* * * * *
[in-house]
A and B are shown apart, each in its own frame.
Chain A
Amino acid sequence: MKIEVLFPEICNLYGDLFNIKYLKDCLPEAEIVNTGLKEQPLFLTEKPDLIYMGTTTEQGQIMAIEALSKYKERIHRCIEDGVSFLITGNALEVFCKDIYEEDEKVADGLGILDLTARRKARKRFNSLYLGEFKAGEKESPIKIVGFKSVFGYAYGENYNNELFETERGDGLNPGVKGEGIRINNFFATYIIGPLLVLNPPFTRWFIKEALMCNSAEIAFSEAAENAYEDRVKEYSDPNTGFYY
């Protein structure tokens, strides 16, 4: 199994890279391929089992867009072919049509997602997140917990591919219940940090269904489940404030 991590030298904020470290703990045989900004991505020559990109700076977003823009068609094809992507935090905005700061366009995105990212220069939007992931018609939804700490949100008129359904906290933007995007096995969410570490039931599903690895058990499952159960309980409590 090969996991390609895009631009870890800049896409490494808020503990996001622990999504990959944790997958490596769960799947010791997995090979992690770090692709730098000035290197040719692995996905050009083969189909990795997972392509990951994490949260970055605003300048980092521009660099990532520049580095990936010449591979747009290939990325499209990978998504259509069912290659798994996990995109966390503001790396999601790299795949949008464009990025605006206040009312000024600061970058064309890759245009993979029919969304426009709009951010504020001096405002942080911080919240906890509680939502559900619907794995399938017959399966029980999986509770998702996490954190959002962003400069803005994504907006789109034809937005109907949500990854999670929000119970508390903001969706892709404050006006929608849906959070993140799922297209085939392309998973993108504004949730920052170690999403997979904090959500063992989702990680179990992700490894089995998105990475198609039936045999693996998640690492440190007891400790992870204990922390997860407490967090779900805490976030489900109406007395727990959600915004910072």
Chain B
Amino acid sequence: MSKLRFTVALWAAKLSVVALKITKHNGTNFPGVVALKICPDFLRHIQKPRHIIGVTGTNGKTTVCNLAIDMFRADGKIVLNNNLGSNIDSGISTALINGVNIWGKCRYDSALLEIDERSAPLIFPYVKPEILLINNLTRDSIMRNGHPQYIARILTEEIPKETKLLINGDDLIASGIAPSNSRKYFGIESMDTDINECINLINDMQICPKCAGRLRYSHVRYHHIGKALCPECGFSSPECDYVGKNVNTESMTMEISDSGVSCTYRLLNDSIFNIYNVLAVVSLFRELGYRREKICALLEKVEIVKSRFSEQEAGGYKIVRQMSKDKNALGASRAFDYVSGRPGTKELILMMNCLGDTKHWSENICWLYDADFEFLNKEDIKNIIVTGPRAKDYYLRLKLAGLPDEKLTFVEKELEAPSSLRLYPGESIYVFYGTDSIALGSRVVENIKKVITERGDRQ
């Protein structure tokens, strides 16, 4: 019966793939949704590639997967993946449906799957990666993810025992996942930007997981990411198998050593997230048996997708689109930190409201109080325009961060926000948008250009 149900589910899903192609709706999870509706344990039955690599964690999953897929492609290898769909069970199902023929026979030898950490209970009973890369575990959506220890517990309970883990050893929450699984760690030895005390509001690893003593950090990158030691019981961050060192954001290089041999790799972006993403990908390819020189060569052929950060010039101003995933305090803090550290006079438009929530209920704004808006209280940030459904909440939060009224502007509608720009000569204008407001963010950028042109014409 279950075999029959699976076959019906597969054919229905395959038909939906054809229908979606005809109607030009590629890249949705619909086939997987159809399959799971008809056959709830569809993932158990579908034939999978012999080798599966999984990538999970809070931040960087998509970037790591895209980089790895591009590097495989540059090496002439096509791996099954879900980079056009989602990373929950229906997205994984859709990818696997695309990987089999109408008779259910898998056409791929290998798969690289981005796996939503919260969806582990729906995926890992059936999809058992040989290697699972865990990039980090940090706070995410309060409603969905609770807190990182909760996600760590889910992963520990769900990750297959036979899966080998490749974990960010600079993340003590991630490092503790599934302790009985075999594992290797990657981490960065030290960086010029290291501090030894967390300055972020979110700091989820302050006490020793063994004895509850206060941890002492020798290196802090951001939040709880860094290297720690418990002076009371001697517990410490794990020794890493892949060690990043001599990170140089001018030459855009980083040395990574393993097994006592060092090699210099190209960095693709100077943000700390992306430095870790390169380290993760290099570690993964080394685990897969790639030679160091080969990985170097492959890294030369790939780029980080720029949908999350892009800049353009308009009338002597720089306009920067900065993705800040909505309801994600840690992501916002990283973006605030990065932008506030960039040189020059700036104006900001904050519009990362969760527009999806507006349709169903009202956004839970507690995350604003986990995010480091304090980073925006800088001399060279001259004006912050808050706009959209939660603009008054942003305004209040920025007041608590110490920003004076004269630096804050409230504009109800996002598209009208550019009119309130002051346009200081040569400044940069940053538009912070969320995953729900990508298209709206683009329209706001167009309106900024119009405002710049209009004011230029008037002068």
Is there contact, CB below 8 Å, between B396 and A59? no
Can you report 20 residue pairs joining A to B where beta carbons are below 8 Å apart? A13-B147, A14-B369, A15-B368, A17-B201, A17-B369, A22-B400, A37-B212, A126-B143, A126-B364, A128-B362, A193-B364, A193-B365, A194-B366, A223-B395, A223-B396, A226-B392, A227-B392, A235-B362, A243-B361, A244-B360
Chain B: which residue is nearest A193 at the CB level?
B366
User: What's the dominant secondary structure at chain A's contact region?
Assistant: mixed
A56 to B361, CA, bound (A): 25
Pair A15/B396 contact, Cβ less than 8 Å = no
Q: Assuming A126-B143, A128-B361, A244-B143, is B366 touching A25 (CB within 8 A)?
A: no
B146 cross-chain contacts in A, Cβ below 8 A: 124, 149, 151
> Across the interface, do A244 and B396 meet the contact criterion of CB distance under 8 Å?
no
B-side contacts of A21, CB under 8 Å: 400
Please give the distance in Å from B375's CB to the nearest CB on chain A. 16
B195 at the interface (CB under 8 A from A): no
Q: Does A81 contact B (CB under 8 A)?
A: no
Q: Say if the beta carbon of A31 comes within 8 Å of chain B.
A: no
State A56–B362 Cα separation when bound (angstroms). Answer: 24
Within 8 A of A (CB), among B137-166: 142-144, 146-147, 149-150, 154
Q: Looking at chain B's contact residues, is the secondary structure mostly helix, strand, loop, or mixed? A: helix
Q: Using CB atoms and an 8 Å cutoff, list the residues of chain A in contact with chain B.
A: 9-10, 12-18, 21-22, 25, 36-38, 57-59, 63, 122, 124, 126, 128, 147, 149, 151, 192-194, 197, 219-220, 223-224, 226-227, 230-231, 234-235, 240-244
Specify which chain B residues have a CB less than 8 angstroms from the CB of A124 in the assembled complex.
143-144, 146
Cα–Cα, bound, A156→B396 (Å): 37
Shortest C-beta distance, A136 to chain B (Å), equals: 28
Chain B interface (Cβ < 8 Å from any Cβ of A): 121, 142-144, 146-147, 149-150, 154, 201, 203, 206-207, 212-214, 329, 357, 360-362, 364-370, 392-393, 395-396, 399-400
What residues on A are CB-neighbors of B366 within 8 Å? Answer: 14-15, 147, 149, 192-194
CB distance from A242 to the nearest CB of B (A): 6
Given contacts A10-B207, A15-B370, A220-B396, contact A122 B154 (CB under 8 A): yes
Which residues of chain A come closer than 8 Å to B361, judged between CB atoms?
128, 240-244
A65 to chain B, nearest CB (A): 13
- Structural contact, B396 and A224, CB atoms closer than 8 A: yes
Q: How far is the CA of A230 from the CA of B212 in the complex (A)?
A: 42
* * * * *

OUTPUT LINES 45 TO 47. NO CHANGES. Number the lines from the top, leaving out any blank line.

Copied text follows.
- Structural contact, B396 and A224, CB atoms closer than 8 A: yes
Q: How far is the CA of A230 from the CA of B212 in the complex (A)?
A: 42